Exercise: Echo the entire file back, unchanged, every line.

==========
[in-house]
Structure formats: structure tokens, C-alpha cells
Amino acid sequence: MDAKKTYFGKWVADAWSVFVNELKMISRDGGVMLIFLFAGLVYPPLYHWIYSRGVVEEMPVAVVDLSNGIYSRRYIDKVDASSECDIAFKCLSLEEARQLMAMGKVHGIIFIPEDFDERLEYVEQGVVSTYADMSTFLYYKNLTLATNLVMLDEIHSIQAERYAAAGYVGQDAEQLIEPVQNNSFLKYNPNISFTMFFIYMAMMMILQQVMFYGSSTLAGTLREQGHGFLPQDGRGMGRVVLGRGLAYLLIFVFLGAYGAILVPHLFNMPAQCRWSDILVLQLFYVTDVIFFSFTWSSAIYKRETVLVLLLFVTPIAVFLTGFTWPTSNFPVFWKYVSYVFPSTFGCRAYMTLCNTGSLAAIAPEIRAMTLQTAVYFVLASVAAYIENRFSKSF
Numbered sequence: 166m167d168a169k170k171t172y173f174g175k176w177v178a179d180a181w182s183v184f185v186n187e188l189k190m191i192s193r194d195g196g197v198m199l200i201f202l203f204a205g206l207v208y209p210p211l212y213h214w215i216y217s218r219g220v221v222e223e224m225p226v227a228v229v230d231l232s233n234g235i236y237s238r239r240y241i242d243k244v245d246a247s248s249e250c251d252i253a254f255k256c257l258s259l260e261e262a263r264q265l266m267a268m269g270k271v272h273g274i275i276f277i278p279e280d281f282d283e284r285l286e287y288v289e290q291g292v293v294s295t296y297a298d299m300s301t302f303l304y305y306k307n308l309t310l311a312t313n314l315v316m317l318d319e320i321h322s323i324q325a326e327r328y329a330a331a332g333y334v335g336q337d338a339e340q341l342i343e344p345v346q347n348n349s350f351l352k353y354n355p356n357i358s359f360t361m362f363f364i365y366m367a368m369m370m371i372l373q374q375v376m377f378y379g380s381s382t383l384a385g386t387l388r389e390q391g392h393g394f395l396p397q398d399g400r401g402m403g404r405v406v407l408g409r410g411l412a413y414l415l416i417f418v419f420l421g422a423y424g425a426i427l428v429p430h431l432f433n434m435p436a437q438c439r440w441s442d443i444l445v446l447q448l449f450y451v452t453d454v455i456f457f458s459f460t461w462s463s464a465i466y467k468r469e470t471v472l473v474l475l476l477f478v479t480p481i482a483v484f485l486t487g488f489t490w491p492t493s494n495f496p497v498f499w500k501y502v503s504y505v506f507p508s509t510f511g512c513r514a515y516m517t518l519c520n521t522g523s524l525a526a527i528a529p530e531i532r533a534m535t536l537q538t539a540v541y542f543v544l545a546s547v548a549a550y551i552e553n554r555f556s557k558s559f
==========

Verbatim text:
[in-house]
Structure formats: structure tokens, C-alpha cells
Amino acid sequence: MDAKKTYFGKWVADAWSVFVNELKMISRDGGVMLIFLFAGLVYPPLYHWIYSRGVVEEMPVAVVDLSNGIYSRRYIDKVDASSECDIAFKCLSLEEARQLMAMGKVHGIIFIPEDFDERLEYVEQGVVSTYADMSTFLYYKNLTLATNLVMLDEIHSIQAERYAAAGYVGQDAEQLIEPVQNNSFLKYNPNISFTMFFIYMAMMMILQQVMFYGSSTLAGTLREQGHGFLPQDGRGMGRVVLGRGLAYLLIFVFLGAYGAILVPHLFNMPAQCRWSDILVLQLFYVTDVIFFSFTWSSAIYKRETVLVLLLFVTPIAVFLTGFTWPTSNFPVFWKYVSYVFPSTFGCRAYMTLCNTGSLAAIAPEIRAMTLQTAVYFVLASVAAYIENRFSKSF
Numbered sequence: 166m167d168a169k170k171t172y173f174g175k176w177v178a179d180a181w182s183v184f185v186n187e188l189k190m191i192s193r194d195g196g197v198m199l200i201f202l203f204a205g206l207v208y209p210p211l212y213h214w215i216y217s218r219g220v221v222e223e224m225p226v227a228v229v230d231l232s233n234g235i236y237s238r239r240y241i242d243k244v245d246a247s248s249e250c251d252i253a254f255k256c257l258s259l260e261e262a263r264q265l266m267a268m269g270k271v272h273g274i275i276f277i278p279e280d281f282d283e284r285l286e287y288v289e290q291g292v293v294s295t296y297a298d299m300s301t302f303l304y305y306k307n308l309t310l311a312t313n314l315v316m317l318d319e320i321h322s323i324q325a326e327r328y329a330a331a332g333y334v335g336q337d338a339e340q341l342i343e344p345v346q347n348n349s350f351l352k353y354n355p356n357i358s359f360t361m362f363f364i365y366m367a368m369m370m371i372l373q374q375v376m377f378y379g380s381s382t383l384a385g386t387l388r389e390q391g392h393g394f395l396p397q398d399g400r401g402m403g404r405v406v407l408g409r410g411l412a413y414l415l416i417f418v419f420l421g422a423y424g425a426i427l428v429p430h431l432f433n434m435p436a437q438c439r440w441s442d443i444l445v446l447q448l449f450y451v452t453d454v455i456f457f458s459f460t461w462s463s464a465i466y467k468r469e470t471v472l473v474l475l476l477f478v479t480p481i482a483v484f485l486t487g488f489t490w491p492t493s494n495f496p497v498f499w500k501y502v503s504y505v506f507p508s509t510f511g512c513r514a515y516m517t518l519c520n521t522g523s524l525a526a527i528a529p530e531i532r533a534m535t536l537q538t539a540v541y542f543v544l545a546s547v548a549a550y551i552e553n554r555f556s557k558s559f